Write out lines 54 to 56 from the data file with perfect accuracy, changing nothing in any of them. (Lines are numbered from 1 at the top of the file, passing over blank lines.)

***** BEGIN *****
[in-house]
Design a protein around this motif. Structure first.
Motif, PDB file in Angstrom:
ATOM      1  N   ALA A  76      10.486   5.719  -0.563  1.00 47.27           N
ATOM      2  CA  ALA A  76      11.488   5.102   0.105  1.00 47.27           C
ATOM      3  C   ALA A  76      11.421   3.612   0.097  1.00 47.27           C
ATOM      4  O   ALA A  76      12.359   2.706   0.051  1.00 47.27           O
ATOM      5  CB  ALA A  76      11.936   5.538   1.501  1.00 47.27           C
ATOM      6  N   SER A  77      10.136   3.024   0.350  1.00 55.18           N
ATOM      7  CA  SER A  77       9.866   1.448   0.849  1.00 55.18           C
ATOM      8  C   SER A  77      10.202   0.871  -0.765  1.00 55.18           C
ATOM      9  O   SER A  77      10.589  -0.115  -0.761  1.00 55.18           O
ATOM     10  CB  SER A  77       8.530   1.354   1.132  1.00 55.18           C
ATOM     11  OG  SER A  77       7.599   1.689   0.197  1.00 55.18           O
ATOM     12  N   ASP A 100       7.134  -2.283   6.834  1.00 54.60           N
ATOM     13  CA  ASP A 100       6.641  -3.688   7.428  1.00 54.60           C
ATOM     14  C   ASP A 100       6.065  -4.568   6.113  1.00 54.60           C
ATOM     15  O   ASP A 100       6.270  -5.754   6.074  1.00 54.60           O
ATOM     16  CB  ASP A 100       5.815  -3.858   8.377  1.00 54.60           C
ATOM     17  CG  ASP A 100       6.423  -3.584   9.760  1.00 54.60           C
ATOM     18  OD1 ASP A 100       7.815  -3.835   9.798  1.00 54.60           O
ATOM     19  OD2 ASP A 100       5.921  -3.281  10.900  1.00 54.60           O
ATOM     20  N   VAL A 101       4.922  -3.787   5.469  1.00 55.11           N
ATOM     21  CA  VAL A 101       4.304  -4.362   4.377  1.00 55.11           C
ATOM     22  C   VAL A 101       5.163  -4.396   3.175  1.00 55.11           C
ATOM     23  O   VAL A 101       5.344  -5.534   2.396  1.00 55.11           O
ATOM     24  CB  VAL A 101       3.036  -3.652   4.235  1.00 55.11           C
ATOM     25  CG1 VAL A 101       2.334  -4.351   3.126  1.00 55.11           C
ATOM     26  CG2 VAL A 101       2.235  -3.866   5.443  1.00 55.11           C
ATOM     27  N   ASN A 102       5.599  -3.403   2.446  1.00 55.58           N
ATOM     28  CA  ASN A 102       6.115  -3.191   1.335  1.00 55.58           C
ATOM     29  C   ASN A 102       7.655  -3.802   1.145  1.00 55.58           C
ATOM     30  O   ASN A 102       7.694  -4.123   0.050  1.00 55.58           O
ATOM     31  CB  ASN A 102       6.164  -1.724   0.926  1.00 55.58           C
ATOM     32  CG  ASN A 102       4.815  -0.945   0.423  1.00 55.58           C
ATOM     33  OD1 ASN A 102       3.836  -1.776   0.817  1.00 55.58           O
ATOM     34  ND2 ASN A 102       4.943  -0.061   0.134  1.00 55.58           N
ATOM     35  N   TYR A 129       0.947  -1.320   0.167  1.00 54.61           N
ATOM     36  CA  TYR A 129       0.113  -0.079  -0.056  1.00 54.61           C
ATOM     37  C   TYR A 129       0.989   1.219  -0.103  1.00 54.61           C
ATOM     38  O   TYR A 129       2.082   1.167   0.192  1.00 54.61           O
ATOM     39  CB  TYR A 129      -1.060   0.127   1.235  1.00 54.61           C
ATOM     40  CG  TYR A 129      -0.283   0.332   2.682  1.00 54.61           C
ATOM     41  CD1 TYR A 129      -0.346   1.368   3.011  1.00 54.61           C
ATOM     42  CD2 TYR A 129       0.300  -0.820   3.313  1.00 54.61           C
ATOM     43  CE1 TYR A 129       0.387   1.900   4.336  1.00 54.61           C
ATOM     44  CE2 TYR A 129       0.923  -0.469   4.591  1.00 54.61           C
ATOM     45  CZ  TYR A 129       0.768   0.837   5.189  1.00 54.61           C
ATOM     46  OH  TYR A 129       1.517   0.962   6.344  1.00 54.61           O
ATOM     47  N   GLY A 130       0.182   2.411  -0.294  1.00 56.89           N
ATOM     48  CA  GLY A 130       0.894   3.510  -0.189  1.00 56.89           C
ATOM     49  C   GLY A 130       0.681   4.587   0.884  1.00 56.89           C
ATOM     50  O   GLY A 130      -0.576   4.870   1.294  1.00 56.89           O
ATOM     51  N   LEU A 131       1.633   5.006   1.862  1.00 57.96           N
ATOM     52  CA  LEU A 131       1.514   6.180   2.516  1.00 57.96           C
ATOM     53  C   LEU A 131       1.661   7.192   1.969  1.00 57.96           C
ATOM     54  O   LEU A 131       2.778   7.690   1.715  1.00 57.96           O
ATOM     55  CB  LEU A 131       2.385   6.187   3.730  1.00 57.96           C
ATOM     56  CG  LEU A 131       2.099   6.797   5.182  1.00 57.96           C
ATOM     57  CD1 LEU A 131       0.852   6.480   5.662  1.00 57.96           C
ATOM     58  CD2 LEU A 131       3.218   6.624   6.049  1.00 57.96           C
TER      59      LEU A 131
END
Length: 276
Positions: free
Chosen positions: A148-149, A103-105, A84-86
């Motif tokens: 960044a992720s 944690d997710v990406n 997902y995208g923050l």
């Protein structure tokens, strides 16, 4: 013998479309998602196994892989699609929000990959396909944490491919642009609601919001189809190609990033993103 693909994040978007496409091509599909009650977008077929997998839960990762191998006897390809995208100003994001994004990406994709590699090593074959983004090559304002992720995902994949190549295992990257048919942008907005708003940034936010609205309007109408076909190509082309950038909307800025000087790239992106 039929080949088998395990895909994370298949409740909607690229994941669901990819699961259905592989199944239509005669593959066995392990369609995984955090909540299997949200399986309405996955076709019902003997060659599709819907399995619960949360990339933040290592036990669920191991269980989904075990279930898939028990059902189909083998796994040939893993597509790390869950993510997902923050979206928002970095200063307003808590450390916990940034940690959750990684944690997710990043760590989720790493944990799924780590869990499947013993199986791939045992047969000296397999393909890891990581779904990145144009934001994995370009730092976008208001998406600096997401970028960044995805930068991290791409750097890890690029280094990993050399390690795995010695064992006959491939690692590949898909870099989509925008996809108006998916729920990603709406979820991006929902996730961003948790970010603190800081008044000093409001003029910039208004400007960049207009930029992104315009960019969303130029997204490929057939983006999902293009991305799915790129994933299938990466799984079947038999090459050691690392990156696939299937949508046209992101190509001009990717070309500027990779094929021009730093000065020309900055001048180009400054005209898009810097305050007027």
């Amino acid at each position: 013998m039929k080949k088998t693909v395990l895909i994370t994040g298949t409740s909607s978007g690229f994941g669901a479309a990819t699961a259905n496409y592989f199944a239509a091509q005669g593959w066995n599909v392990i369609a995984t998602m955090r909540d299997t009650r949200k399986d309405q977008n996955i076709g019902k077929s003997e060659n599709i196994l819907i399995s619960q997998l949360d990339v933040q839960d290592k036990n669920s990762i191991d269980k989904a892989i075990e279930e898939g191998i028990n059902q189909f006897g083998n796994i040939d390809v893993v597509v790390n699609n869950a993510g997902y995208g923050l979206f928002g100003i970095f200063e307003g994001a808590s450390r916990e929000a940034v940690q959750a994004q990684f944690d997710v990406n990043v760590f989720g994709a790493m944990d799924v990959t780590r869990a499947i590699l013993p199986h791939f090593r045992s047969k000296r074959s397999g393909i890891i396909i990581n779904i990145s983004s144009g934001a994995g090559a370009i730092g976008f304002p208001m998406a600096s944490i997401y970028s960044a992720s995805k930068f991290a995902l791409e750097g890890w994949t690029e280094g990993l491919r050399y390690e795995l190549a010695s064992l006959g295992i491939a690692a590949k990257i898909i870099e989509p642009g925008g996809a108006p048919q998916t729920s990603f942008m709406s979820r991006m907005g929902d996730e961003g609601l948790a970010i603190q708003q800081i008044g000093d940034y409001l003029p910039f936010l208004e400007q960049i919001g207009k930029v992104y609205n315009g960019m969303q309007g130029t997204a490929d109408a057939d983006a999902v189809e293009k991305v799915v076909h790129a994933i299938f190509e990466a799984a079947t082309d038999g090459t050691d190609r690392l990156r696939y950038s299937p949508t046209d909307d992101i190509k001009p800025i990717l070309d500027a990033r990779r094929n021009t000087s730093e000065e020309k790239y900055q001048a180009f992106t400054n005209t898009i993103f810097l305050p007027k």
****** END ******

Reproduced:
ATOM     51  N   LEU A 131       1.633   5.006   1.862  1.00 57.96           N
ATOM     52  CA  LEU A 131       1.514   6.180   2.516  1.00 57.96           C
ATOM     53  C   LEU A 131       1.661   7.192   1.969  1.00 57.96           C